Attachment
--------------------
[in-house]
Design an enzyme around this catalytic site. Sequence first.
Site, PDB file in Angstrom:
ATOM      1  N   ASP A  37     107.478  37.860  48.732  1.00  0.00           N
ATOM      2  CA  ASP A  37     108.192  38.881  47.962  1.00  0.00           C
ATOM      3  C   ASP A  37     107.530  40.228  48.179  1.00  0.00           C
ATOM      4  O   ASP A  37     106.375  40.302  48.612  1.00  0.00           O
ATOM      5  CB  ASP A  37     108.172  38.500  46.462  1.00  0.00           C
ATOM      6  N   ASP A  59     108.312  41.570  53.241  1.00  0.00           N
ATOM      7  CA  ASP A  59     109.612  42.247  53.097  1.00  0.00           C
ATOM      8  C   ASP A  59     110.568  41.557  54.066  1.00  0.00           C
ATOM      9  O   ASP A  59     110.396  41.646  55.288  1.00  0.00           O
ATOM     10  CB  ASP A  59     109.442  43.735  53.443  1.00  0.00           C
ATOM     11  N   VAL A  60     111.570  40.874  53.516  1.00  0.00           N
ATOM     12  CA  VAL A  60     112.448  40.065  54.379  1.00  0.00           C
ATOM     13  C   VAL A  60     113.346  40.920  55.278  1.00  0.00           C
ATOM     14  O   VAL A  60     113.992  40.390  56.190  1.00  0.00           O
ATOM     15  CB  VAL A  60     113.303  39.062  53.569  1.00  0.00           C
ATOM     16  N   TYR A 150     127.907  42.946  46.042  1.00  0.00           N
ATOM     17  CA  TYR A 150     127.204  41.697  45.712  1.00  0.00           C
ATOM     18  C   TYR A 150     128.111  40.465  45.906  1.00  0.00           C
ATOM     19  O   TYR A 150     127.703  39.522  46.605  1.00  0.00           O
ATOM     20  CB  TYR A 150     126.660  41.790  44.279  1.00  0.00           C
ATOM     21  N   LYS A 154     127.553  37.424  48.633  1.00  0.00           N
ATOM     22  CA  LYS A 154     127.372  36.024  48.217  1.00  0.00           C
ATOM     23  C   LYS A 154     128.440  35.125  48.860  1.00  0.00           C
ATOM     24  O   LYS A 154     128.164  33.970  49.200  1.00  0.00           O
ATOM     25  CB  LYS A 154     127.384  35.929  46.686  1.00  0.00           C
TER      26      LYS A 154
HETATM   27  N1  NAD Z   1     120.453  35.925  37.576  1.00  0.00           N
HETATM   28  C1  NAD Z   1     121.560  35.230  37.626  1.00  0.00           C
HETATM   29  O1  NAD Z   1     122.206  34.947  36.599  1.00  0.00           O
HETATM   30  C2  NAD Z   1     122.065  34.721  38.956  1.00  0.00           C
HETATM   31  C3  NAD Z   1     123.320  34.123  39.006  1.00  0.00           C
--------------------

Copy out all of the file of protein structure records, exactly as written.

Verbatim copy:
[in-house]
Design an enzyme around this catalytic site. Sequence first.
Site, PDB file in Angstrom:
ATOM      1  N   ASP A  37     107.478  37.860  48.732  1.00  0.00           N
ATOM      2  CA  ASP A  37     108.192  38.881  47.962  1.00  0.00           C
ATOM      3  C   ASP A  37     107.530  40.228  48.179  1.00  0.00           C
ATOM      4  O   ASP A  37     106.375  40.302  48.612  1.00  0.00           O
ATOM      5  CB  ASP A  37     108.172  38.500  46.462  1.00  0.00           C
ATOM      6  N   ASP A  59     108.312  41.570  53.241  1.00  0.00           N
ATOM      7  CA  ASP A  59     109.612  42.247  53.097  1.00  0.00           C
ATOM      8  C   ASP A  59     110.568  41.557  54.066  1.00  0.00           C
ATOM      9  O   ASP A  59     110.396  41.646  55.288  1.00  0.00           O
ATOM     10  CB  ASP A  59     109.442  43.735  53.443  1.00  0.00           C
ATOM     11  N   VAL A  60     111.570  40.874  53.516  1.00  0.00           N
ATOM     12  CA  VAL A  60     112.448  40.065  54.379  1.00  0.00           C
ATOM     13  C   VAL A  60     113.346  40.920  55.278  1.00  0.00           C
ATOM     14  O   VAL A  60     113.992  40.390  56.190  1.00  0.00           O
ATOM     15  CB  VAL A  60     113.303  39.062  53.569  1.00  0.00           C
ATOM     16  N   TYR A 150     127.907  42.946  46.042  1.00  0.00           N
ATOM     17  CA  TYR A 150     127.204  41.697  45.712  1.00  0.00           C
ATOM     18  C   TYR A 150     128.111  40.465  45.906  1.00  0.00           C
ATOM     19  O   TYR A 150     127.703  39.522  46.605  1.00  0.00           O
ATOM     20  CB  TYR A 150     126.660  41.790  44.279  1.00  0.00           C
ATOM     21  N   LYS A 154     127.553  37.424  48.633  1.00  0.00           N
ATOM     22  CA  LYS A 154     127.372  36.024  48.217  1.00  0.00           C
ATOM     23  C   LYS A 154     128.440  35.125  48.860  1.00  0.00           C
ATOM     24  O   LYS A 154     128.164  33.970  49.200  1.00  0.00           O
ATOM     25  CB  LYS A 154     127.384  35.929  46.686  1.00  0.00           C
TER      26      LYS A 154
HETATM   27  N1  NAD Z   1     120.453  35.925  37.576  1.00  0.00           N
HETATM   28  C1  NAD Z   1     121.560  35.230  37.626  1.00  0.00           C
HETATM   29  O1  NAD Z   1     122.206  34.947  36.599  1.00  0.00           O
HETATM   30  C2  NAD Z   1     122.065  34.721  38.956  1.00  0.00           C
HETATM   31  C3  NAD Z   1     123.320  34.123  39.006  1.00  0.00           C